A hangout movie largely devoid of major conflict, Richard Linklater's Everybody Wants Some!! is an easygoing, carefree, and hilarious exploration of youth and philosophy viewed through the prism of an east Texas college baseball team in 1980. It's alternately raucous, touching, sweet, and silly, but it's almost always hilarious. This is one of my favorite films of 2016 so far.
Everybody Wants Some!!
Writer/Director: Richard Linklater
Starring: Blake Jenner, Glen Powell, Tyler Hoechlin, Wyatt Russell, Zoey Deutch
Linklater is one of the true chameleons of American film, able to slip between genres and legitimately make it feel as if he's mastered any given one at a particular time. Look at intimate, talky dramas like the Before trilogy or Boyhood, fun projects aimed at kids like School of Rock and Bad News Bears, and more heady adult pieces like Tape or A Scanner Darkly — they all have an assured sense of control to them. His period piece comedies, epitomized by Dazed and Confused and that film's spiritual sequel, Everybody Wants Some!!, feel as if no one else on Earth could have made them. Could someone else have made something with a similar plotline? Of course. But there's an innate effortlessness here that comes through as we're watching. We're in the hands of someone who knows how to make the absolute most out of a character-driven story like this, and his eye for casting and ear for music (his excellent needle drops rival Tarantino's) are both in top form here.
Set over the final long weekend before the fall college semester begins, we follow this story through the eyes of a freshman pitcher named Jake (Blake Jenner), who is quickly integrated into the dynamics of his eclectic teammates when he moves into the team's off-campus house. We're introduced to each of the mustachioed, goofy-haired guys in whirlwind fashion, but don't worry if you don't catch their names — it's the personalities that matter, and these dudes run the gamut from cocky and arrogant to just plain weird, and they're all a ton of fun to watch.
The film excels at capturing the camaraderie of being part of a team, with everyone constantly busting each others' balls and being outrageously competitive about everything from ping pong games to who can withstand the most pain when another guy flicks his knuckles. But as is often the case with Linklater's filmography, the movie always feels inclusive and relatable. Though practically all of the guys are constantly horny and marginally rough around the edges, you come to love them all by the end. I remember hearing some old adage about writing that says the more specific you are, the more universally relatable it becomes, and while that seems counterintuitive, this film is a great example of that adage at work.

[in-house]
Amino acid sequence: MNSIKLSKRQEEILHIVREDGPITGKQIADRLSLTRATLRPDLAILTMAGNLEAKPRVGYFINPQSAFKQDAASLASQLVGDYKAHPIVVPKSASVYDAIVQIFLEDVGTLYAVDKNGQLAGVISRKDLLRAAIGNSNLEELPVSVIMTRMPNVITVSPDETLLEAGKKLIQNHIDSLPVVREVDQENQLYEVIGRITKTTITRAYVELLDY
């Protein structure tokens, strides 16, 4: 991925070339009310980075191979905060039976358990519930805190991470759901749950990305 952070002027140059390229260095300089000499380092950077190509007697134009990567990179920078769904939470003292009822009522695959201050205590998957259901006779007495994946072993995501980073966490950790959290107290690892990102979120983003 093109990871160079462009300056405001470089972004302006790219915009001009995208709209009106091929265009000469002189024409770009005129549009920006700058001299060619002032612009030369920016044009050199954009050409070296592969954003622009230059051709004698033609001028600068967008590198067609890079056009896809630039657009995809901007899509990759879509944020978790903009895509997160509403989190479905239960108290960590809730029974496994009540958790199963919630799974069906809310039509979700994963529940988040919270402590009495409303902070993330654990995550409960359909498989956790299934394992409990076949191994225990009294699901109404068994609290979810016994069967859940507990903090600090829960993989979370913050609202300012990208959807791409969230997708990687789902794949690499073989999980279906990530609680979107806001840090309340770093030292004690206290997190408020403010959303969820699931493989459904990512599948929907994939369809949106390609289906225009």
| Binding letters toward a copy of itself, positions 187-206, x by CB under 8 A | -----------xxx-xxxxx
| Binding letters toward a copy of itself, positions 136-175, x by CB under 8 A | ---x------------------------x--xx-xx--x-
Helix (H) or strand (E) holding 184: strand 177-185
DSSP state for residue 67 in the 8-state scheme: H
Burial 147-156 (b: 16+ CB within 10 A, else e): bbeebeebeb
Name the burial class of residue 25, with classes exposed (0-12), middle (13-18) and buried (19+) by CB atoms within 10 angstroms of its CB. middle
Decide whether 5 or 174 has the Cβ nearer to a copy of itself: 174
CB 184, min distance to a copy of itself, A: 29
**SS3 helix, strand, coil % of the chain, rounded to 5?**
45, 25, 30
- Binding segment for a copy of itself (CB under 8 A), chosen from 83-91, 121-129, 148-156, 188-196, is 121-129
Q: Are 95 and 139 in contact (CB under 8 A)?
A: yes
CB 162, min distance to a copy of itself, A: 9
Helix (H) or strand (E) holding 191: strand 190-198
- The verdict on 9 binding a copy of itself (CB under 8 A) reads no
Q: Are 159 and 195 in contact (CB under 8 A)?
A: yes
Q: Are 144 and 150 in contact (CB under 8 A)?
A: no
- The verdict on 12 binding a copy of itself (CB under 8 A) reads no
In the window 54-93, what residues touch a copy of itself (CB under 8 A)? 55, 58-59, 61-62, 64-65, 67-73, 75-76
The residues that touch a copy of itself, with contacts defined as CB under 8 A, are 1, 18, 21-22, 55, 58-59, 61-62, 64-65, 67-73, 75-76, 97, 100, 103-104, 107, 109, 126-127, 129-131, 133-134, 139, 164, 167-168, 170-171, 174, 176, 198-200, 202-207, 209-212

There are few things I like watching less in movies than people sitting around getting high, simply because I almost always find it boring. Seeing the same stoner cliches again and again on film has lost its appeal for me, but Linklater's take on this trope is a highlight in this movie. It all comes down to the characters and what they bring to the table, and the blonde, California-bred, Twilight Zone-loving Willoughby (Wyatt Russell) is wildly entertaining even when he's saying things that would make me roll my eyes if they popped up in a similar scene in another movie ("Of course you like Van Halen, because corporate America is shoving them down our throats!" or "Do you ever think humans will get back to communicating telepathically?"). That character is also the source of one of the movie's rare moments of actual profundity. The film isn't afraid to have its characters blusteringly philosophize in the way that college students are wont to do, but at one point Willoughby has a conversation with Jake at a bar about finding their identity that feels genuine and emotionally truthful — a conversation that takes on an even deeper meaning by the film's ending.
There's plenty of casual sex, drinking, and other college cliches on display here, but all the while, Linklater manages to keep the film from tipping into parody, thanks in huge part to the natural charm of its cast. As Jake and fellow freshman Beverly (Zoey Deutch) crush on each other, the team goes from club to club in the small Texas town, hooking up with girls and partying through the night. Glen Powell is a standout as Finnegan, a veteran player who leads the team in scoring with the ladies and never passes up the opportunity for a speech or clever quip. Eventually baseball does factor into this movie, but the film's only real conflict involves one of the players trying to assert his dominance over the alpha male of the team (Tyler Hoechlin). I won't spoil how that goes down.
A launchpad for young talent and an immensely enjoyable trip through the college lifestyle, Everybody Wants Some!! is laid back, laugh-out-loud funny, and endearingly earnest. In other words, it's a Richard Linklater movie through and through.